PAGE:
What Can I Do For You?

For inexplicable reasons there are individuals in my life that I need, to assess my quality as a person.  A thousand more people, family, friends, acquaintances breeze into and out of my days, leaving a pleasant warmth in their wake.  But somehow a tiny few slip under my shield, and inflict deep and lingering pain.

Now, I’m no expert on interpersonal relations, but I know enough to see my part in the dynamic.  I can see enough to watch myself set up for another emotional blast.  Perplexing as it seems, I continue to come back for more, with this miniscule group of perpetrators.  And what annoys me most is that I’m so pleasant in return, because I don’t want to escalate any rows.

Well, enough about me.  We all know that taking crap from loved ones is just one more inevitable, invisible gift under the tree.

Unraveling family interplay in River of January forced me to fall back on my own experiences with loved ones.  My female protagonist, Helen, was helpless to change her relationships with family members, so ingrained was her role.  The unthinkable pain of even trying to declare independence from her mother made the act impossible.  She simply could not see herself outside her position as daughter, trusting her mother’s judgement without question.  Any defiance was impossible, because Helen had no identity or definition without her mother. This matriarch was the center of her universe.

Manifesting her predicament, Helen trusted her mother’s decisions and directions, believing those decisions were for her own good.  As is true for the rest of us, she was blind to the manipulation behind her mother’s choices, such as keeping away suitors because Helen was to dance, not marry.  The girl never had the perspective to see that she was more a pawn, moved about by a stage mother who was equally blind to any harm she inflicted.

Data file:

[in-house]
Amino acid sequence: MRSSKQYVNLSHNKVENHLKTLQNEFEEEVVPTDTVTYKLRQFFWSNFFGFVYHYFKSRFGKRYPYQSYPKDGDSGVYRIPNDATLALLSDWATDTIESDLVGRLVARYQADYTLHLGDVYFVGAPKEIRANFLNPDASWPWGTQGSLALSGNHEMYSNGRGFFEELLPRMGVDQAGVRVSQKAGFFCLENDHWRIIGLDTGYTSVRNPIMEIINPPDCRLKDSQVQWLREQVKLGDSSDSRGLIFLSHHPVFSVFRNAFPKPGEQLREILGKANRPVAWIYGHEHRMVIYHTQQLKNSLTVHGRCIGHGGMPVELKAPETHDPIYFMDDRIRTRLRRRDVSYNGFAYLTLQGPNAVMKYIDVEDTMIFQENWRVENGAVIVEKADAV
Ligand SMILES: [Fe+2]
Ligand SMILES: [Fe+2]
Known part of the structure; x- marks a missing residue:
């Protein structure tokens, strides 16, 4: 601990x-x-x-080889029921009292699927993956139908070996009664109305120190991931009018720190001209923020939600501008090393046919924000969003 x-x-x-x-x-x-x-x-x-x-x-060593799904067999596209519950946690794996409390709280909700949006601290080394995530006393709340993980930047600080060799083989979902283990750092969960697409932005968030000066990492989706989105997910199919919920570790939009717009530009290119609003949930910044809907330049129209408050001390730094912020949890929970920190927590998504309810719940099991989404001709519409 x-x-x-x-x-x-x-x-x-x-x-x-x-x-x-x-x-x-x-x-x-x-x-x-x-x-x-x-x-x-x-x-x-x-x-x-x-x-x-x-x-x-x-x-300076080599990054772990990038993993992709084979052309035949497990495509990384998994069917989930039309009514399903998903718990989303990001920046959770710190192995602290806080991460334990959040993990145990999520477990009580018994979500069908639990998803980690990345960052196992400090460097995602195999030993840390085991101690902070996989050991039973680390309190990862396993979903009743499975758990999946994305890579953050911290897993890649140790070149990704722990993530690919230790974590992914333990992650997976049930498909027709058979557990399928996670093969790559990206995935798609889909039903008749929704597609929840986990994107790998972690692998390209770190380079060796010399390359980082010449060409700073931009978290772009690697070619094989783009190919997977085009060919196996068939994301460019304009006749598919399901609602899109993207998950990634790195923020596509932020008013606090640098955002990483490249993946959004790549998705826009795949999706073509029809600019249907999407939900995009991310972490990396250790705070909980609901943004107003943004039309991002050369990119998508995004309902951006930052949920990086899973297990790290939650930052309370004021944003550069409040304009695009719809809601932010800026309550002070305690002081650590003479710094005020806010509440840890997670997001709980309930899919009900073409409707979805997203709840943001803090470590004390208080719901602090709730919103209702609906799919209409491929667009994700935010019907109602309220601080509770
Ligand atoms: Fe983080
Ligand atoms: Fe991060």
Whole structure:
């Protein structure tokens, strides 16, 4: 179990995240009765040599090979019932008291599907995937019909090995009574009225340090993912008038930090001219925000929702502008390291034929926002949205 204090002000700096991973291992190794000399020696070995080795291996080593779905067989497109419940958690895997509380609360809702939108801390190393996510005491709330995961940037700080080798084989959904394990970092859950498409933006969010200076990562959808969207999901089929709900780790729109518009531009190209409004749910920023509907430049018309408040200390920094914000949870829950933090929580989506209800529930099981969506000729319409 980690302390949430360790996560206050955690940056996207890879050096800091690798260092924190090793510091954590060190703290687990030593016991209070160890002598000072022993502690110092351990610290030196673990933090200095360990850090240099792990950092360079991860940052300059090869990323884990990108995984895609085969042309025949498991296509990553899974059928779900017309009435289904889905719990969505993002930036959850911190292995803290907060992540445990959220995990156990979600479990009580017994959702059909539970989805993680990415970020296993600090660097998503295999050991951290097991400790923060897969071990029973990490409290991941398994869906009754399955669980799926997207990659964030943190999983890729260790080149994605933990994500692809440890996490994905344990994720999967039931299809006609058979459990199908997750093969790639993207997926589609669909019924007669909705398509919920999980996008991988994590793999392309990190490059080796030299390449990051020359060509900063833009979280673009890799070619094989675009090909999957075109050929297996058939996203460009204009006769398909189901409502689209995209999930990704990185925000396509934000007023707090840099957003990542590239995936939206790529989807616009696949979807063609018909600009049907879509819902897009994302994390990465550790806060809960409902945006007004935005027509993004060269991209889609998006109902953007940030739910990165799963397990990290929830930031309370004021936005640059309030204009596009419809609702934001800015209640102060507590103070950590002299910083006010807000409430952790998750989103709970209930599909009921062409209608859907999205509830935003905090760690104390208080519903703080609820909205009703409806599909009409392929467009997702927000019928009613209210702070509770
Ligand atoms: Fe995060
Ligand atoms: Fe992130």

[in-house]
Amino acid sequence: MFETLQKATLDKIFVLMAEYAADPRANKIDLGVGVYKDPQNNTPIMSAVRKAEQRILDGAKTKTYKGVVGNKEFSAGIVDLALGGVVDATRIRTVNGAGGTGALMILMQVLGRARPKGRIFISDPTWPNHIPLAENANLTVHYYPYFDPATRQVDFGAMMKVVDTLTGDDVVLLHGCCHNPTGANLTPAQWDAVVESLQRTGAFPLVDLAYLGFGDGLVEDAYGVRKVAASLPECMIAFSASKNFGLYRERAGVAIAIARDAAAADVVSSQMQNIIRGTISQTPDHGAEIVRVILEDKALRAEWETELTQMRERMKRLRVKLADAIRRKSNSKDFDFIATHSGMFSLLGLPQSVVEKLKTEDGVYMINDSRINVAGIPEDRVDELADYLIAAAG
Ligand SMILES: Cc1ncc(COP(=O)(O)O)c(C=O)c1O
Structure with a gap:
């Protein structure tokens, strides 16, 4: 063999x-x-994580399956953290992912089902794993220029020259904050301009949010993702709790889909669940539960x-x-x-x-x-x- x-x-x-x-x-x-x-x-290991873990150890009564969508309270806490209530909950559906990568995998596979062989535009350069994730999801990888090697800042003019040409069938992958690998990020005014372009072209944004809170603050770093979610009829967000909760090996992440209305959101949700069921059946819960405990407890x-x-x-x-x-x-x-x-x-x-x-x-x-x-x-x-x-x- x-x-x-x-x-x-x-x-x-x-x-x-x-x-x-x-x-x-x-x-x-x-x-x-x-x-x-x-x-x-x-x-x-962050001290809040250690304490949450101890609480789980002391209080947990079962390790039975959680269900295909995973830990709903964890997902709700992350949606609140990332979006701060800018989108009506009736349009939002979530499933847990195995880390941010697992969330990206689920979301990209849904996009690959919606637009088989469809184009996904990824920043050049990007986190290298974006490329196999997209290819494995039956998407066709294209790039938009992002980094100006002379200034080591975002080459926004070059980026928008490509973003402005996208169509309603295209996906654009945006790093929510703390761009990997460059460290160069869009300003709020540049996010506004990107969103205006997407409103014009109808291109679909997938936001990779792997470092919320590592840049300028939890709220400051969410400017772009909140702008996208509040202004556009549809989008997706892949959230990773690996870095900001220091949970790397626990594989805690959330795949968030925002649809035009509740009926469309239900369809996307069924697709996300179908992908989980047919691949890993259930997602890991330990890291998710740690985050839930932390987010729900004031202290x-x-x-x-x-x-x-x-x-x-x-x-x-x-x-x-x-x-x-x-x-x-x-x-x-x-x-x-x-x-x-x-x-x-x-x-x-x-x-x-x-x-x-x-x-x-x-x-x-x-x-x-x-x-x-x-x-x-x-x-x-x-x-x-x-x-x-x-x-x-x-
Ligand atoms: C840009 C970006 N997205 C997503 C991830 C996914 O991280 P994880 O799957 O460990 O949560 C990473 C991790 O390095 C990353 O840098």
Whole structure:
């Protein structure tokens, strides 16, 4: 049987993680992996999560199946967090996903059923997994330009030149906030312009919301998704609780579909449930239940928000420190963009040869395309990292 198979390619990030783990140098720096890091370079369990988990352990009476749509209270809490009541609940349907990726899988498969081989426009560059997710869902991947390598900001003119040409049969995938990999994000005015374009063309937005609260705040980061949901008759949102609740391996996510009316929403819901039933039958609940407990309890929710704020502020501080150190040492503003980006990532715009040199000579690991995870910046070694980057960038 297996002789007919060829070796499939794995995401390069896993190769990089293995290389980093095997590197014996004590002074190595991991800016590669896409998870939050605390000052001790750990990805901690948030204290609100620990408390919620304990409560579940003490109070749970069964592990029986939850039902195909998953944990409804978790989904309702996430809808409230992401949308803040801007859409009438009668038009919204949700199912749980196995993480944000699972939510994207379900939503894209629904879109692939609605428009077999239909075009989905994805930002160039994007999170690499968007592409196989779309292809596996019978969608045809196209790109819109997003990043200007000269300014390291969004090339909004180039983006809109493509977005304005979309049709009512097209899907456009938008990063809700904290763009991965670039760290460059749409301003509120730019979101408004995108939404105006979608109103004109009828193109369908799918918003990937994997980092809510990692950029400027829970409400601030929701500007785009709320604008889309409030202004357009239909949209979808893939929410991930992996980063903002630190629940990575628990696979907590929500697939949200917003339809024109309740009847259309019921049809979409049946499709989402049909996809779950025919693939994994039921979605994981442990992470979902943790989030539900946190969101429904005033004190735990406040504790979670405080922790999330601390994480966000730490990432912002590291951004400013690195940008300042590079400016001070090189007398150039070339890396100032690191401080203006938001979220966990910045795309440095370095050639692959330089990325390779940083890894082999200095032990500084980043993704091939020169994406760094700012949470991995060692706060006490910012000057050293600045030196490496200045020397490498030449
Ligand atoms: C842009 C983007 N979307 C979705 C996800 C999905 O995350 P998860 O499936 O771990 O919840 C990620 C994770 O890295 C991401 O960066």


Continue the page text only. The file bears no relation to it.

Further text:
I often try to apply resolution to these postings, but when it comes to family interaction I’m not sure that exists.  We begin our lives together, mothers, fathers, children, and build from that starting point.  Most of us have no notion of the bad decisions or actions we take that hurt other members of the household.  None of us start out with a pain inflicting agenda.  It’s as though we fall into roles, behave as we read others expectations.  Helen acted in a way that pleased her mother.  She grew to please audiences, and tried to please her husband.  All that pleasing backfired, and in that there must be some kind of life lesson.

I’ll let you know when I’ve discovered the secret to perfect interpersonal relationships.  Happy Holidays.

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